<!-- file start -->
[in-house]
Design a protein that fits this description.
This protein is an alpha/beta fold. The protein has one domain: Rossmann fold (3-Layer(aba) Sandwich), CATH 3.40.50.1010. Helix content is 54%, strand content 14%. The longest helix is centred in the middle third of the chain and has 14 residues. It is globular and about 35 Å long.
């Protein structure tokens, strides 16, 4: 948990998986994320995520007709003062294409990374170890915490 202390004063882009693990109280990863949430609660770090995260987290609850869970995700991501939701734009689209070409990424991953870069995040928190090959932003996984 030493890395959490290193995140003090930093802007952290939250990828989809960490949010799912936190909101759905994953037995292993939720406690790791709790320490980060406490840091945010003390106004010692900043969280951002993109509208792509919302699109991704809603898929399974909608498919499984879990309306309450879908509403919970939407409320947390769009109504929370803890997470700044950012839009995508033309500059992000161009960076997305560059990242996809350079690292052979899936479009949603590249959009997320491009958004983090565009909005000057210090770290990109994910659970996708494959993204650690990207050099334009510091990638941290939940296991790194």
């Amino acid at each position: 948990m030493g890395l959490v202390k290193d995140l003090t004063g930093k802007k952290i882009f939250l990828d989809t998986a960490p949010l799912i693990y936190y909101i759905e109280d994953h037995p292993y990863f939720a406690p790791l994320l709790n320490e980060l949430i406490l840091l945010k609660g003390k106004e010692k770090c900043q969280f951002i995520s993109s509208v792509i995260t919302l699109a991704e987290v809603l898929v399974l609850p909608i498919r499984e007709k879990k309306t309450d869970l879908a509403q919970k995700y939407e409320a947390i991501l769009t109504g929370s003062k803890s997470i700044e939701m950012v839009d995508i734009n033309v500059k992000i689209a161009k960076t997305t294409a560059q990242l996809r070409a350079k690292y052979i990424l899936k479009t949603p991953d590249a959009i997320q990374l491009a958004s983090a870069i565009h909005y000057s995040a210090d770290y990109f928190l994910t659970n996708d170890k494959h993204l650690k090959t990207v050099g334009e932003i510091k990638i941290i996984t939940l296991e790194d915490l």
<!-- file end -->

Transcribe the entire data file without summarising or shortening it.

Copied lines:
[in-house]
Design a protein that fits this description.
This protein is an alpha/beta fold. The protein has one domain: Rossmann fold (3-Layer(aba) Sandwich), CATH 3.40.50.1010. Helix content is 54%, strand content 14%. The longest helix is centred in the middle third of the chain and has 14 residues. It is globular and about 35 Å long.
């Protein structure tokens, strides 16, 4: 948990998986994320995520007709003062294409990374170890915490 202390004063882009693990109280990863949430609660770090995260987290609850869970995700991501939701734009689209070409990424991953870069995040928190090959932003996984 030493890395959490290193995140003090930093802007952290939250990828989809960490949010799912936190909101759905994953037995292993939720406690790791709790320490980060406490840091945010003390106004010692900043969280951002993109509208792509919302699109991704809603898929399974909608498919499984879990309306309450879908509403919970939407409320947390769009109504929370803890997470700044950012839009995508033309500059992000161009960076997305560059990242996809350079690292052979899936479009949603590249959009997320491009958004983090565009909005000057210090770290990109994910659970996708494959993204650690990207050099334009510091990638941290939940296991790194």
């Amino acid at each position: 948990m030493g890395l959490v202390k290193d995140l003090t004063g930093k802007k952290i882009f939250l990828d989809t998986a960490p949010l799912i693990y936190y909101i759905e109280d994953h037995p292993y990863f939720a406690p790791l994320l709790n320490e980060l949430i406490l840091l945010k609660g003390k106004e010692k770090c900043q969280f951002i995520s993109s509208v792509i995260t919302l699109a991704e987290v809603l898929v399974l609850p909608i498919r499984e007709k879990k309306t309450d869970l879908a509403q919970k995700y939407e409320a947390i991501l769009t109504g929370s003062k803890s997470i700044e939701m950012v839009d995508i734009n033309v500059k992000i689209a161009k960076t997305t294409a560059q990242l996809r070409a350079k690292y052979i990424l899936k479009t949603p991953d590249a959009i997320q990374l491009a958004s983090a870069i565009h909005y000057s995040a210090d770290y990109f928190l994910t659970n996708d170890k494959h993204l650690k090959t990207v050099g334009e932003i510091k990638i941290i996984t939940l296991e790194d915490l």